Celebrating South Street Hospital

1874-1885: A Centre for Care, Education and Training

A Permanent Location for London General Hospital

London was first settled at the forks of the Thames in 1826. The location of London’s general hospital changed many times, though a series of rented houses, vacated military buildings, and spaces hastily constructed by the City in emergency situations.

It was not until 1855 that serious consideration was given to the need for building a permanent public general hospital. The London Savings Bank, a non-profit organization established in the 1850s, had closed its doors and invested its remaining assets of $15,646 in a hospital endowment fund

In the London Daily Advertiser on November 20, 1874, London City Council promoted the structure of the new hospital: “the foundations are of stone, and the super-structure of brick, two stories in height, with a handsome Mansard roof, the appearance of which is considerably enhanced by a well shaped tower rising above the front entrance.”

On Saturday, August 5, 1875, the 16,000 citizens of the City of London now had a permanent hospital to call their own. Called the London General Hospital, this 56-bed facility was open to receive patients. The formal opening was performed on November 3, 1875 by the Hon. D. A. Macdonald, Lieutenant Governor of Ontario.

Establishing a Medical School

During the spring of 1881, the creation of a medical school had been discussed and approved in principle by a number of local physicians. The Western University of London incorporated on March 7, 1878.

Many of London General Hospital’s medical staff were chosen as professors of the Medical Faculty, a testament to the status of the hospital in London. City Council agreed the hospital would be a site for “clinical instruction in medicine and surgery to students.”

In order to provide suitable teaching facilities for medical students and given the community’s need for more private bed space for paying patients, City Council decided to enlarge the hospital.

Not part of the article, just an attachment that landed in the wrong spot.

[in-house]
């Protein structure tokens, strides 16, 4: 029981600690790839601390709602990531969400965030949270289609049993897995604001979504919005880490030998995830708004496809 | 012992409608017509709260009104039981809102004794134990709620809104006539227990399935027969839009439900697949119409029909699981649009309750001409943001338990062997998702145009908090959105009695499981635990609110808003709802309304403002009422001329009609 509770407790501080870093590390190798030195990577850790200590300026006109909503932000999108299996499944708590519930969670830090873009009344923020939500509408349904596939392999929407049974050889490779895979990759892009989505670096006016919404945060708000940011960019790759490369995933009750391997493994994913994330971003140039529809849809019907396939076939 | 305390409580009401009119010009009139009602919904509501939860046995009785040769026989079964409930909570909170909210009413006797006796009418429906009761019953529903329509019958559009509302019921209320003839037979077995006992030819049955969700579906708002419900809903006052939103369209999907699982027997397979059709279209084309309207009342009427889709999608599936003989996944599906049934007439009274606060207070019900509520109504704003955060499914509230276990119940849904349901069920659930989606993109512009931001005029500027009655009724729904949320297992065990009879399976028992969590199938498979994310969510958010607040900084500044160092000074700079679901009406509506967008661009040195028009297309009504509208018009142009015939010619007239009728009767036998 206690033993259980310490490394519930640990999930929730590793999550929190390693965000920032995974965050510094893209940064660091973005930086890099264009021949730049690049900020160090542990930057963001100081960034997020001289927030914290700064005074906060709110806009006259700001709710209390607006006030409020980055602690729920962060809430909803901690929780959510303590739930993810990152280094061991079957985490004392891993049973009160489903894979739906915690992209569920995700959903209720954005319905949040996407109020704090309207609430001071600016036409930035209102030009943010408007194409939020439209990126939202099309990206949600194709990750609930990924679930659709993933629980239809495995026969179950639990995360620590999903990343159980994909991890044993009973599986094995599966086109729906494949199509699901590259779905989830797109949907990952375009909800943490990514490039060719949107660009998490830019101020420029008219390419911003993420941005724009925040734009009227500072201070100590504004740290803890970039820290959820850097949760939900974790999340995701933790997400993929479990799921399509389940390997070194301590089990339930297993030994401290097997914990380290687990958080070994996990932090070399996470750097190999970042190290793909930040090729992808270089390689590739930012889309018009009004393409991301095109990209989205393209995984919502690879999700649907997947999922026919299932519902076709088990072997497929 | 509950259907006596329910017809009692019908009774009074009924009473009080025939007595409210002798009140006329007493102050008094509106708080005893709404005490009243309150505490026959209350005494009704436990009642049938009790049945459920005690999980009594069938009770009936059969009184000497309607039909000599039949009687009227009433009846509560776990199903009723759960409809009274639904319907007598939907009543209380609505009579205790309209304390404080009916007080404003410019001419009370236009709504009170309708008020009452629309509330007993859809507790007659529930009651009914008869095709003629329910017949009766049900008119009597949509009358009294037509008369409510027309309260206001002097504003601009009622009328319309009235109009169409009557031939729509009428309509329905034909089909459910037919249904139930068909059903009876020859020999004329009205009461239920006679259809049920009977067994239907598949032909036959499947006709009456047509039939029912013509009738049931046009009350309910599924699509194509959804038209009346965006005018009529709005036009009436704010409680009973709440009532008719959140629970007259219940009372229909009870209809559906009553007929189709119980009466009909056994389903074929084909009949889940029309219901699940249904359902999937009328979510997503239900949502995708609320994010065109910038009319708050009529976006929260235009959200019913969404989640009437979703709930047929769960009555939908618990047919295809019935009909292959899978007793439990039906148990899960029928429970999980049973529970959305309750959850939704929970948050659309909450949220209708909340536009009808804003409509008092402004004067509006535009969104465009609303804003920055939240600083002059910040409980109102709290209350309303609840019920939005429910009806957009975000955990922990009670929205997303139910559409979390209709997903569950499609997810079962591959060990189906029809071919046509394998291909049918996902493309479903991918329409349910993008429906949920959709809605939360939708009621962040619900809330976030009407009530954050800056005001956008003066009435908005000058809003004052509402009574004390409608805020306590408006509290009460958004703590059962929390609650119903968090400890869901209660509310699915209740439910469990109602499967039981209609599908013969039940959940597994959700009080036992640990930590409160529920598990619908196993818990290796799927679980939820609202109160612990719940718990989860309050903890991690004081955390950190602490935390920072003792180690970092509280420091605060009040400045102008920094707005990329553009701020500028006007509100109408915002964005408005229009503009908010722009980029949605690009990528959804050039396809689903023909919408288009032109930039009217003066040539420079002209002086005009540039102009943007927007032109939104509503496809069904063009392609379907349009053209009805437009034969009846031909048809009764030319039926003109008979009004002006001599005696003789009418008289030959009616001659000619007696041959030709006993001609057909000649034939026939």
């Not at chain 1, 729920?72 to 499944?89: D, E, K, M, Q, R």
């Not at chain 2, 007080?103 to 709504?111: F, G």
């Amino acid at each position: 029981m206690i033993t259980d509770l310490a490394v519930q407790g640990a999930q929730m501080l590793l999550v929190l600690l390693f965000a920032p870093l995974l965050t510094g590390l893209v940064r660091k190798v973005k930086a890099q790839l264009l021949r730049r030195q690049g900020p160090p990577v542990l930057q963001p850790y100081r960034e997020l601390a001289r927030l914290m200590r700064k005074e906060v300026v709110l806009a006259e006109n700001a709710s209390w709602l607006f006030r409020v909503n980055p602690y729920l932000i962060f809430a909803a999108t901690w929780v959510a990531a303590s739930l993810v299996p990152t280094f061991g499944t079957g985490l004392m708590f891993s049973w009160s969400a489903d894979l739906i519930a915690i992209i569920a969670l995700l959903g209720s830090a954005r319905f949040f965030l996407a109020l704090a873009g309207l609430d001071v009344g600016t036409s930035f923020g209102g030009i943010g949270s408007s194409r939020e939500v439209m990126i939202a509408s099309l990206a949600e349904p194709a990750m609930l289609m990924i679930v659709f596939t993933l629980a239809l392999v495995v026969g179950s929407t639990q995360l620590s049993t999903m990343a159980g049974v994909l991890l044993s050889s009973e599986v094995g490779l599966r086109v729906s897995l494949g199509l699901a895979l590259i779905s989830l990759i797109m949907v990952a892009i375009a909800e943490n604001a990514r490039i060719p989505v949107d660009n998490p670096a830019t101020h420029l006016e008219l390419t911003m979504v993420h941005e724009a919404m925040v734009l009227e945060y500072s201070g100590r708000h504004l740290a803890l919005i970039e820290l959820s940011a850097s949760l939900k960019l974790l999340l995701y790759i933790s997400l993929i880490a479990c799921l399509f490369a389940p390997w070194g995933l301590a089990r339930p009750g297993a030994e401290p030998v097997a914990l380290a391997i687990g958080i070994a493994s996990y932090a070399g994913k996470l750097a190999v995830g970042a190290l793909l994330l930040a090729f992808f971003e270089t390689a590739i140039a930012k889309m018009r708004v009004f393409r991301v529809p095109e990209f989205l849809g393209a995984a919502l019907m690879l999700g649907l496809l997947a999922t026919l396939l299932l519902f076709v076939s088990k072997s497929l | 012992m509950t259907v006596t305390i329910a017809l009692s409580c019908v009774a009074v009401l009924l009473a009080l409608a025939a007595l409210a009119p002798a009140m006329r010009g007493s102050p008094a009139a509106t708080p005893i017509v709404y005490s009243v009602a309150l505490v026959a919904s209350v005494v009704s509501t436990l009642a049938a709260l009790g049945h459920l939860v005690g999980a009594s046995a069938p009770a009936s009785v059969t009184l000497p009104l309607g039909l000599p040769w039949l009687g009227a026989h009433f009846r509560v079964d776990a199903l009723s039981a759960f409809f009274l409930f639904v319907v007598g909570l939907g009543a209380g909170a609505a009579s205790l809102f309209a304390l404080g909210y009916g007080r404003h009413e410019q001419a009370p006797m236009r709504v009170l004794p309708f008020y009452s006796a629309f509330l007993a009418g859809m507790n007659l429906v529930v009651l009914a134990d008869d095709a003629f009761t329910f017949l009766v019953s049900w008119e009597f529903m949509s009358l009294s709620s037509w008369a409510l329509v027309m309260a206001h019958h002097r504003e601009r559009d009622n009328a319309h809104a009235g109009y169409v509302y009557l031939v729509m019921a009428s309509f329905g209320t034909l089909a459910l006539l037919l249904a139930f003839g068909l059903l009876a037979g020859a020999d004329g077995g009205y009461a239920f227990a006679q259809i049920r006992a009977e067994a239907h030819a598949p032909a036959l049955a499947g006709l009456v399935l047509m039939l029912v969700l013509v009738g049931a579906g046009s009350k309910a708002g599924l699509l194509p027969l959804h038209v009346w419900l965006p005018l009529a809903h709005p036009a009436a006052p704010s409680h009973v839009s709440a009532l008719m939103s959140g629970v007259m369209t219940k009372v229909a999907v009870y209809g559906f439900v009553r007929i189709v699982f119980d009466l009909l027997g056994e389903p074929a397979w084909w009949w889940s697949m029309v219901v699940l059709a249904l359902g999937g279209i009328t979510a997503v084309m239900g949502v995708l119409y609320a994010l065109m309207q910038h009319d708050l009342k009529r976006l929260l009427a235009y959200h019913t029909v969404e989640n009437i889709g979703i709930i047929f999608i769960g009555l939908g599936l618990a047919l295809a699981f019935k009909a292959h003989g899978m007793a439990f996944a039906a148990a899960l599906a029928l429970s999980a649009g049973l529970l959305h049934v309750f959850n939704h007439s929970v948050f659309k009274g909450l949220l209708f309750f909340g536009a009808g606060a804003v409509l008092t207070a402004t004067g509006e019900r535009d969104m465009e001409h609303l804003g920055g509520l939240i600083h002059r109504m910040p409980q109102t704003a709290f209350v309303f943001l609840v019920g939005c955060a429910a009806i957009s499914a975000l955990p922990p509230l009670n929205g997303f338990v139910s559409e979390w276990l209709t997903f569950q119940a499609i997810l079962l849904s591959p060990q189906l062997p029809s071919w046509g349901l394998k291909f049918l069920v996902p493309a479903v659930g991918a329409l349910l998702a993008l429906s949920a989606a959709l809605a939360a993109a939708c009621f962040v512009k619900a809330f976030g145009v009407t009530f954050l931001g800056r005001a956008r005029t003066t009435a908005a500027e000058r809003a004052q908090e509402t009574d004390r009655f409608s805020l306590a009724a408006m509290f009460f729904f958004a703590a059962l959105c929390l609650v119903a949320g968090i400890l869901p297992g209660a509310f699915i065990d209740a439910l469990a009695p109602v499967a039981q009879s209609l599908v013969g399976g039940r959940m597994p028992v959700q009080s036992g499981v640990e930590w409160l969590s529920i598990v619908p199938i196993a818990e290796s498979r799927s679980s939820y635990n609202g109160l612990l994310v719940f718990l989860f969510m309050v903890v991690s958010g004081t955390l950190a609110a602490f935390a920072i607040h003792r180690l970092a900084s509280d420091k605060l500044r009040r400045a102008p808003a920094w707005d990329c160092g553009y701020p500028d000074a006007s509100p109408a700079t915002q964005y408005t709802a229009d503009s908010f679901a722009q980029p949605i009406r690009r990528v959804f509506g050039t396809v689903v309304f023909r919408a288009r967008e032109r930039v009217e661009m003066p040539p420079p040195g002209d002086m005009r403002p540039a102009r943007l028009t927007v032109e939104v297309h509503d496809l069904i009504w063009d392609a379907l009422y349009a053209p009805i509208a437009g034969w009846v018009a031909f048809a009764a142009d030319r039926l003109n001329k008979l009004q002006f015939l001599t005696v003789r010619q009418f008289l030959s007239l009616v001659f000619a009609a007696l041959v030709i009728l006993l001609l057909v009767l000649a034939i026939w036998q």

A new wing was soon completed, doubling the number of beds from 56 to 104. Included in this addition were lecture and consultation rooms and new surgery and operating rooms.

London General Hospital’s Training School of Nurses

By 1880, complaints were being made about the cleanliness and tidiness of the interior of the main hospital building. The Provincial Inspector believed the problem was due to the poor quality of the nursing staff and absence of qualified women to “manage the domestic affairs of the institution.”

At the time, the transatlantic movements of the nursing ideals embodied in Florence Nightingale was inspiring local hospitals. Nurses were to be caring professionals, combining domestic and medical duties with a strict code of discipline and personal behaviour.

With the support of Dr. Frederick Wilkinson, the first resident physician at London General Hospital, London opened the third nursing school in Canada.

The first class of the London General Training School for Nurses commenced in September 1883 with only three students enrolled in the two-year program. The number of students, though small at first, gradually increased as nursing became an acceptable career for young women.

Excerpts from "Growing to serve... : a history of Victoria Hospital, London, Ontario." Authors: Norman. John Robert Sullivan, Norman R. Ball, and Victoria Hospital Corporation. Published: 1985 by Victoria Hospital Corporation, London, Ontario.

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